Here we go again
The seasonal rush to get games out in time for the Christmas shopping period is once again about to kick off. Who Wants to Be A Millionaire is back on the shelves in the midst of it to catch the eyes of gullible parents searching for something the whole family can enjoy on little Johnny's new PC. But is it just another cash in on a tried (or should that be 'tired'?) and tested formula, in an attempt to steal the limelight from the colossal Anne Robinson bandwagon? Of course it is! Obviously, not a great deal has changed since the previous incarnation of the home computer version of WWTBAM, and the mechanics and playing methods remain exactly the same. The interface has been given a lick of paint, and the graphics have been sharpened up to offer a much slicker presentation than before. In addition to this, all the FMV in the game has been remade to include - hold onto your seats - a studio audience. That the audience are as well animated as Morph after a day on the bottle does nothing to either improve or lessen the experience. In fact, of all the changes made since the original version, the only one that makes a notable difference is additional banter from the lovable Chris Tarrant. This time we get to listen to his adenoidal drone reading the questions to us, which helps lend a greater air of authenticity to the game, but does little to aid our already waning sanity.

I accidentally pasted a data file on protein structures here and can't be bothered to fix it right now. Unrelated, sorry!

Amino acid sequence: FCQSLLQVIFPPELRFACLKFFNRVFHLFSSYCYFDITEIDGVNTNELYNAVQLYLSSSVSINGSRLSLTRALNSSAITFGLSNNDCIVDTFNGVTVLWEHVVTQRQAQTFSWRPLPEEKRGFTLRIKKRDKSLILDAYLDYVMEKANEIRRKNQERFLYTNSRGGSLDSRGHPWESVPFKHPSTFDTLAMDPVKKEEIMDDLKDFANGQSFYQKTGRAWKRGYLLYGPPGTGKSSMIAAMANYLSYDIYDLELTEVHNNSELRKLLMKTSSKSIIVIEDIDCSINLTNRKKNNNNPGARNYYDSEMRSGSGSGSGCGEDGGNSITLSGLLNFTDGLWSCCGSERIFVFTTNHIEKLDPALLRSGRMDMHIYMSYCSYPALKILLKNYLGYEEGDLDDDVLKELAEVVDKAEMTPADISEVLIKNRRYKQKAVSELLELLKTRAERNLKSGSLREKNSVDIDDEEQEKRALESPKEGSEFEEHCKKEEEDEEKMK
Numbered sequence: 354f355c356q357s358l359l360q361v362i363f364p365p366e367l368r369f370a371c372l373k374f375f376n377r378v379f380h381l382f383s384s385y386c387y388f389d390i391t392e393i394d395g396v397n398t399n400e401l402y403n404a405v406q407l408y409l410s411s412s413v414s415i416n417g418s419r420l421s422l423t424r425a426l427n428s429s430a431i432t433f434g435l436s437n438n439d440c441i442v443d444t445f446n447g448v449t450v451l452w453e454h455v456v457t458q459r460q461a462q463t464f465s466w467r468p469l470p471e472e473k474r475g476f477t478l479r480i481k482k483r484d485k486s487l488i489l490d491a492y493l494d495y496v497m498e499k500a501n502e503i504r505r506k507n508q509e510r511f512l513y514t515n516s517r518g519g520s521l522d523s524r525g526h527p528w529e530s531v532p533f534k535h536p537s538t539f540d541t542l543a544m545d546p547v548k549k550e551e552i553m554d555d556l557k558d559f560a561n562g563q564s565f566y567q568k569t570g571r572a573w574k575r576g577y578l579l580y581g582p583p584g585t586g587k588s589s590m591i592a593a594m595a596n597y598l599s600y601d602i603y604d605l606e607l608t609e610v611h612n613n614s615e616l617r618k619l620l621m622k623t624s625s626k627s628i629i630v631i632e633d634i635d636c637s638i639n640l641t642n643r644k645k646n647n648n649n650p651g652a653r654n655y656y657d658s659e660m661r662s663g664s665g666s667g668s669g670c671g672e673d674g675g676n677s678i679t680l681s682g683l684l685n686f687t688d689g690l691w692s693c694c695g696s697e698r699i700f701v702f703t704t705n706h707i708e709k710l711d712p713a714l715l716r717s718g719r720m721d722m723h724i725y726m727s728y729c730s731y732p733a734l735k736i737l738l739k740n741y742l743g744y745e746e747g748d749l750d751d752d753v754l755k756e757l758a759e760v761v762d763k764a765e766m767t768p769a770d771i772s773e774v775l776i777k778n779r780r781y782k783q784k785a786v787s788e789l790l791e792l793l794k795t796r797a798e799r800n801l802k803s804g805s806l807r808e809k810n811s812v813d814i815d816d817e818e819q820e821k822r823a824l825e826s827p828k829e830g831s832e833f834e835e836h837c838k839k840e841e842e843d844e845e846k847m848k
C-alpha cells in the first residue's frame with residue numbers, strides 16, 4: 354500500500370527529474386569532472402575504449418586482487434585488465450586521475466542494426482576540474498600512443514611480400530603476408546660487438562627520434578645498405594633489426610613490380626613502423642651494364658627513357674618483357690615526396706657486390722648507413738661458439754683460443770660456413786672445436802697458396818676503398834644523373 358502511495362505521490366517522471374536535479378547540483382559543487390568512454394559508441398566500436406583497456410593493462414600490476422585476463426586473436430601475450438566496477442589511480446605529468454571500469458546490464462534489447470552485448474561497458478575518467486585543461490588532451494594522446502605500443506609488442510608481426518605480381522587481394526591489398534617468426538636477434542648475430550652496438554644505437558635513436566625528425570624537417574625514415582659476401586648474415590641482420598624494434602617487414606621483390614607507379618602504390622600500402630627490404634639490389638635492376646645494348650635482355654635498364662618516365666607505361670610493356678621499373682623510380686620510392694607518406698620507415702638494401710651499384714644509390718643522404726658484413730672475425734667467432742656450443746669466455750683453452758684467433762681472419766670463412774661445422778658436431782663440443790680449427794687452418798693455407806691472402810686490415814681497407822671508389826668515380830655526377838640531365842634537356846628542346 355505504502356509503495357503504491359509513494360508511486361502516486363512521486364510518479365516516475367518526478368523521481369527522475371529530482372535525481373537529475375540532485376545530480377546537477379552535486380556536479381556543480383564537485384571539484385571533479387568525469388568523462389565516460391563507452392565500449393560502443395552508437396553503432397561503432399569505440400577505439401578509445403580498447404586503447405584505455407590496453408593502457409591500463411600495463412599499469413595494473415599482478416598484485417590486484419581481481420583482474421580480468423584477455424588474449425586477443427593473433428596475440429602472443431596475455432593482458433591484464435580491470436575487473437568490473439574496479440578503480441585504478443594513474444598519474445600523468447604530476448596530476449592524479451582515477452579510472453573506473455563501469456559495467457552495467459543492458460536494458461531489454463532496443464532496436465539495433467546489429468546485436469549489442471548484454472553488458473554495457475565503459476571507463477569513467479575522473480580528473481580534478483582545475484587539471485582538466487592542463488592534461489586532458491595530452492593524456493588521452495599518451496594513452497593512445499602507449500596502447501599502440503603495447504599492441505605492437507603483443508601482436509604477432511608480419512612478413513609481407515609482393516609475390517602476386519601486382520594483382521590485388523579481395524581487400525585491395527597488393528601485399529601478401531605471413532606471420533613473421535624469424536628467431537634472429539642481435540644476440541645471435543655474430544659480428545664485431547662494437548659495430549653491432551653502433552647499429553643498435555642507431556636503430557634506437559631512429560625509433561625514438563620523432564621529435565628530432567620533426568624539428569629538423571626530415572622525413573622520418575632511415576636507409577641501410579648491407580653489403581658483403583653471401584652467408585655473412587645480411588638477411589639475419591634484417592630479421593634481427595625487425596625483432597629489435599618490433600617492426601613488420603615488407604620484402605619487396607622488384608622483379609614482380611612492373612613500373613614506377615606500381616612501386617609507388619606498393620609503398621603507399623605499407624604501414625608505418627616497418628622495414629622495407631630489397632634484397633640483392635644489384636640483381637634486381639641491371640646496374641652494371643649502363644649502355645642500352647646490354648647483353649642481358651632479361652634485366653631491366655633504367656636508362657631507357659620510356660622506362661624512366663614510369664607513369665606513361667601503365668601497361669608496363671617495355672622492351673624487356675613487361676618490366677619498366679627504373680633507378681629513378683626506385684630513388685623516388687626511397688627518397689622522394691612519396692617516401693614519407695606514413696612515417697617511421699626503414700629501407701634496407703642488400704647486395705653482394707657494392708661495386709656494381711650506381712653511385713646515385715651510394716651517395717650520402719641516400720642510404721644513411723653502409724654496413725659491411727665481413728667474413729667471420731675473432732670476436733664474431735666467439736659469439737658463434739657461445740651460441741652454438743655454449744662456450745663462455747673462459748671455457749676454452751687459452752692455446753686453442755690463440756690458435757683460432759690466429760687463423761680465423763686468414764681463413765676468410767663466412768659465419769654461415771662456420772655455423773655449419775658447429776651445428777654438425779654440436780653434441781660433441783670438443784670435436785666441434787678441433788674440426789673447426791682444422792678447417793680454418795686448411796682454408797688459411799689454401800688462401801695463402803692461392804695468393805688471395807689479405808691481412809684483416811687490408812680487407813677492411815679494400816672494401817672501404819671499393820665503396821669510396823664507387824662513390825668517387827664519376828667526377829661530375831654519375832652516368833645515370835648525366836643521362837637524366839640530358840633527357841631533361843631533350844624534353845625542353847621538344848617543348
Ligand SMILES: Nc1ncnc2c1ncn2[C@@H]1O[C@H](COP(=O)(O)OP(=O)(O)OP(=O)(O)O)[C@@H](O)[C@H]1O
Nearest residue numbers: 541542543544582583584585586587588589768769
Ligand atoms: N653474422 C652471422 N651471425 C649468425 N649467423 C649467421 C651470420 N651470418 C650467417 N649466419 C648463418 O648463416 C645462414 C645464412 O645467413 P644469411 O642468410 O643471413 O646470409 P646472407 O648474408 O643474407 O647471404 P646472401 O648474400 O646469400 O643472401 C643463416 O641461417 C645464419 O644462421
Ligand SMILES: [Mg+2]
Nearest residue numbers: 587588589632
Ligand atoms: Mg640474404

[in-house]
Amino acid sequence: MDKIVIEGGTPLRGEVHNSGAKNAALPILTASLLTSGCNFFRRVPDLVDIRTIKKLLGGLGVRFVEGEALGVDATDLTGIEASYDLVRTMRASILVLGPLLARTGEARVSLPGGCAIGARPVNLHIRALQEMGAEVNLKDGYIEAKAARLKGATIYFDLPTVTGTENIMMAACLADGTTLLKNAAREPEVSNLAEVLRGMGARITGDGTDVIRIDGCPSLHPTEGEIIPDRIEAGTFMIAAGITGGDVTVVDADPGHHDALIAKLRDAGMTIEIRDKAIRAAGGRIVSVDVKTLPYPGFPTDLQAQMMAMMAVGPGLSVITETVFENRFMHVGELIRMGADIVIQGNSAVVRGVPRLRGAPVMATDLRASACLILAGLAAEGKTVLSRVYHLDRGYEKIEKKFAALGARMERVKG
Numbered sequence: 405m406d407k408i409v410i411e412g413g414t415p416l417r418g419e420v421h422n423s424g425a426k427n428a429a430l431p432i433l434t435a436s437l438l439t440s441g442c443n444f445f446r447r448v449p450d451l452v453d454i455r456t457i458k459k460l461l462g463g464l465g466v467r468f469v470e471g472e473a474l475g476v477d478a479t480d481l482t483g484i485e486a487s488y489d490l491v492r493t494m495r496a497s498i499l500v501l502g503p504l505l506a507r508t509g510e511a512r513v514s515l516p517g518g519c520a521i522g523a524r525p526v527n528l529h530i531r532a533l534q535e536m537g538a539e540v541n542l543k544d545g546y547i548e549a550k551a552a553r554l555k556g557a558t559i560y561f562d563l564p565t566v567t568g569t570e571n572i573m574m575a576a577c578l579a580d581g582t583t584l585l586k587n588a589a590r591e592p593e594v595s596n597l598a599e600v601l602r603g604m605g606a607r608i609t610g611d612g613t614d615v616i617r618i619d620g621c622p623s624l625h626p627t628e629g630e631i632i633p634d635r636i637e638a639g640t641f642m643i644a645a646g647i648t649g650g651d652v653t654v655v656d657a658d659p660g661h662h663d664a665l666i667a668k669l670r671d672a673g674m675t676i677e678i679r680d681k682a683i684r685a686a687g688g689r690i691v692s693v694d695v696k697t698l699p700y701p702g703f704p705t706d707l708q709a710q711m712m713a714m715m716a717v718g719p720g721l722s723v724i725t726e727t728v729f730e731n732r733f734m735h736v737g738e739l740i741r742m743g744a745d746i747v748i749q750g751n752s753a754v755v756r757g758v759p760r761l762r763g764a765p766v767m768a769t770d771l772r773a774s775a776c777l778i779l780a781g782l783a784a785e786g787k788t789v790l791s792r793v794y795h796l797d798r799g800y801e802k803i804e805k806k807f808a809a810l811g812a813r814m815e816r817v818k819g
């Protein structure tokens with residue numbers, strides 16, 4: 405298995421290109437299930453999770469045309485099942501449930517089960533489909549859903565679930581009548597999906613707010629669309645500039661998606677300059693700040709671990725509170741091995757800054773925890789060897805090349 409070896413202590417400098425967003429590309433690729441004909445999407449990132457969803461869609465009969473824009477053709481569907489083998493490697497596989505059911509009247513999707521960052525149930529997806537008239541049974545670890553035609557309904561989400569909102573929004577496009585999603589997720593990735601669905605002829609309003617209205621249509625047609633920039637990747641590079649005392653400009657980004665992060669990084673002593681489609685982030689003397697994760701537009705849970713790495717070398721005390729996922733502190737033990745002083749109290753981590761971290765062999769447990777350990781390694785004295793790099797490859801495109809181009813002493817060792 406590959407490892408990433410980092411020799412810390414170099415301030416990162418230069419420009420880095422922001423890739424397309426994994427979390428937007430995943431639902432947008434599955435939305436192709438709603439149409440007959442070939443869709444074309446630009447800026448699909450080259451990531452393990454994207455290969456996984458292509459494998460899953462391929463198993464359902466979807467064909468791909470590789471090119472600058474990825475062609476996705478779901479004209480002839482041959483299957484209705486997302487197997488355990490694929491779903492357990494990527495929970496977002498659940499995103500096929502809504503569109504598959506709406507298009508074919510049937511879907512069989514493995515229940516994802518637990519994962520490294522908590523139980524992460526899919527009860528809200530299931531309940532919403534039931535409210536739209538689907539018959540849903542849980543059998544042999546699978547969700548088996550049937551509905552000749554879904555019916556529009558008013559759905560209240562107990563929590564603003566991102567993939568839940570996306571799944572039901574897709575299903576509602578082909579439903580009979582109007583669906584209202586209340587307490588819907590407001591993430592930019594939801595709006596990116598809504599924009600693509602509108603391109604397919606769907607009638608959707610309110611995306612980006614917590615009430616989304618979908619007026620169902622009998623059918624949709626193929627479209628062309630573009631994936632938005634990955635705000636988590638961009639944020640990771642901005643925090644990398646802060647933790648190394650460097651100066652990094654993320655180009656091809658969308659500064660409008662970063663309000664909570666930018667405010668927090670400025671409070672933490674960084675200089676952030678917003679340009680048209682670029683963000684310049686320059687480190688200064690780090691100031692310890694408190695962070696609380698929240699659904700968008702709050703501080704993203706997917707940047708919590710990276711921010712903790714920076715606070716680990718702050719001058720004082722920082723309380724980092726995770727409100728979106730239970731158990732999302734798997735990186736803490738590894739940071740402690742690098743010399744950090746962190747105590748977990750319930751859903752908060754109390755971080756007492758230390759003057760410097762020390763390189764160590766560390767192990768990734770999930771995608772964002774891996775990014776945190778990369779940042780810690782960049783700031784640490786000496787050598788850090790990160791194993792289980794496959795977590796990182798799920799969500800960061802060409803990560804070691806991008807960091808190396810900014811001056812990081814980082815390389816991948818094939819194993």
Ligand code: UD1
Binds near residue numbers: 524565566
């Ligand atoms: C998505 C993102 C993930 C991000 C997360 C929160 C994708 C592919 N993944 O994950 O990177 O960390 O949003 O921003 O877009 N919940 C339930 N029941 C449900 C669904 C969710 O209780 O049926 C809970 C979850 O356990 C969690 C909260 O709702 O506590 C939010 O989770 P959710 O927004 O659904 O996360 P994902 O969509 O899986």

But we don't want to give you that...
As far as the questions themselves go, the difficulty of each one actually resembles the amount of money you're playing for this time. Thanks to the new WWTBAM-equivalent of AI, the game also remembers which questions Chris has asked you, so you don't get as many repeats. There are still only 1000 questions though, and after a few heavy bouts of playing you're likely to exhaust the game's entire repertoire. Naturally this is the string attached to the game - you can be sure there will be a full-priced third edition come next Christmas and there's still no way of expanding the question set. The "multiplayer" modes from the first edition remain intact, and they're still just as pointless as ever, only serving to make the questions run out faster. The only other real change of note is the vastly improved loading times, and that really is about it. Oh, I almost forgot, you get your own name written on the cheque at the end of the game! How cool is that?! Sigh..
No right-minded individual needs convincing how sick and wrong it is to ask £30 for what is essentially a mission-pack for the first edition, and especially when it offers so little more. I'm sure it's going to sell well anyway, and Eidos know they're going to get away with it. It's daylight robbery but while the cow's there, they may as well milk it.
3 / 10